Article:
The EU's foreign ministers are meeting on Monday in Brussels with Iraq's interim foreign minister. When he gets here, he'll be facing a still-divided EU.
Hoshyar Zebari met his European colleagues for talks
At first, Iraqi interim Prime Minister Iyad Alawi accepted the invitation of the European Union’s Dutch presidency to travel to Brussels this Monday to attend a regular meeting of the EU's foreign ministers.
But sources in Brussels said that Alawi, who has served as head of the Iraqi interim government since June 28, was forced to cancel the trip because of the deteriorating security situation back home.
Instead, he’ll be sending Hoshyar Zebari, who will attend a luncheon with the foreign ministers and discuss Iraq’s wishes with the Europeans.
The Belgian capital had been planned as the first stop for Alawi, who was also going to travel to a handful of Middle Eastern countries and Britain.
The fact that he didn’t plan to make his first trip Iraq’s former occupying power, the United States, has been seen in Brussels as a sign that the Iraqi interim government, which was created with the de facto support of the US and Britain, is seeking to demonstrate its independence and to forge links with Europe.
In Brussels, Zebari is also expected to visit NATO headquarters. At the NATO summit in Turkey two weeks ago, the alliance offered its Iraq aid in developing its security forces. However, the specifics of the deal – how that training will be provided and how expansive it will be – must still be negotiated.
Germany has called for the training to be conducted outside of Iraq and has, indeed, refused to send any troops inside the country for training or any other purpose. Instead, it is pushing for the training to happen at a NATO school in the city of Oberammergau.
In the preparations for the meeting with the Iraqi foreign minister, the EU foreign ministers only succeeded in uniting on one front: a generally reserved statement offering Iraq help with its reconstruction and the organization of free elections. The brakes were applied to broader demands from Britain and Poland, which both have troops stationed in Iraq, by war opponents Germany and France, diplomats told Deutsche Welle.
Few new developments expected
It’s still unclear, for example, when the EU will open its own office in Baghdad or when it will begin the training of police it has pledged.
Since 2003, the European Union has made around €305 million in aid payments to Iraq. In the coming year, it is expected to provide an additional €200 million. The foreign ministers are expected to confirm this sum again during Zebari’s visit.
Otherwise, the ministers are expected to discuss with Zebari laws in Iraq pertaining to states of emergency, the possibility of debt relief for Iraq as well as the planning of a possible international Iraq conference similar to the successful Petersberg Conference for Afghanistan that was held near the German city of Bonn.
Peacekeeping on the agenda
The EU foreign ministers are also expected on Monday to decide on the structure of a future EU mission in Bosnia-Herzegovina.
German NATO-led soldier guards entrance to a German peace keepers camp in the Bosnian Serb village of Celebici near Foca.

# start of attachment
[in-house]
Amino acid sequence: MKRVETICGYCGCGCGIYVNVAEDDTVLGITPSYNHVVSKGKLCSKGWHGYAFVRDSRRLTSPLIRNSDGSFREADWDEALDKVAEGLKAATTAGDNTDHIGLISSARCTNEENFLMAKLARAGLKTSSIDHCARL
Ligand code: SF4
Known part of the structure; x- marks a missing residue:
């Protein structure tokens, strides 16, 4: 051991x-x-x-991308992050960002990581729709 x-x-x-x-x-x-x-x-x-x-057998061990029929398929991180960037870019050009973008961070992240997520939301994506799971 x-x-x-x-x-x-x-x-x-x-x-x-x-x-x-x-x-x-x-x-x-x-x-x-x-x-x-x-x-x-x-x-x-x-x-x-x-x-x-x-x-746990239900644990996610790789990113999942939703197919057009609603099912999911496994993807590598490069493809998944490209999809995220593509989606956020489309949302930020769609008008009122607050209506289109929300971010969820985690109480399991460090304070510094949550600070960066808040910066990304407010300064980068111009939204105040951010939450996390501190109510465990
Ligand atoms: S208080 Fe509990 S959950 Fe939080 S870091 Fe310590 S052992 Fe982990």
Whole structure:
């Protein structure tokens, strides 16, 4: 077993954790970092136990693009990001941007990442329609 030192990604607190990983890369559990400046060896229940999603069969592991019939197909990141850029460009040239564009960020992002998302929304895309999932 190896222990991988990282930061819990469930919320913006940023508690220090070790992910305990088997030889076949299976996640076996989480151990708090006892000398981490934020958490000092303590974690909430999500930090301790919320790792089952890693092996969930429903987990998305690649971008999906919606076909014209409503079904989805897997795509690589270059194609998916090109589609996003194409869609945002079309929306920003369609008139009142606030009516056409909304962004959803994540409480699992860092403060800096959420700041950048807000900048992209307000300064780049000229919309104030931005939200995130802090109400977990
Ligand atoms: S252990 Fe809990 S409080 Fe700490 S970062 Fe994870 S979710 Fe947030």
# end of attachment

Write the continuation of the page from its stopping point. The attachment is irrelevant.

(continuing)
The EU is currently in the process of taking over leadership of the SFOR peacekeeping mission from NATO. The mission will soon be renamed ALTHEA at the suggestion of the French. After considerable delay, the international computer deployed a mass number of peacekeeping troops to stop the civil war between ethnic-religious groups in Bosnia-Herzegovina.
Due to positive security developments in the region, the number of troops is expected to be reduced to 7,000 at the time of the command change. But mostly, it will just be the name that’s changing – the same structure of troops will still be kept in place.
With ALTHEA, the EU will be taking command of its third peacekeeping job, following its leadership of missions in Macedonia and the Congo. The duration of the EU deployment in Bosnia-Herzegovina hasn’t been determined, but a decision is expected during the second half of 2005.
Meanwhile, at the request of the United States, NATO will remain present with its own headquarters in Sarajevo, where it will advise the government and continue its hunt for war criminals.
Fischer in Sudan
Germany’s foreign minister, Joschka Fischer, is not expected to take part in Monday’s discussions. He is currently traveling in the Sudan, where he is discussing the condition of the refugees in the western Sudan region of Darfur and bordering Chad with the government in Khartoum. Government sources told Deutsche Welle that Fischer’s trip is intended to send a signal to the EU that it is moving too slow in expressing its opinion on the crisis in Darfur.
A Sudanese refugee walks past a dead donkey in a refugee camp in Bahai on the Chad, Sudan border. An estimated 1 million Sudanese have been displaced during the conflict with Arab militias.
In Europe, France and Britain have both opposed sanctions. And in the UN Security Council, China and Russian have both expressed their concerns about issuing sanctions against Sudan. In their view, the refugee problem is a "domestic concern" for the country. However, following the recent visit by US Secretary of State Colin Powell, Washington also appears prepared to take more decisive action.
If the Sudanese government refuses to negotiate in the coming weeks, the pressure will increase on the EU to take action.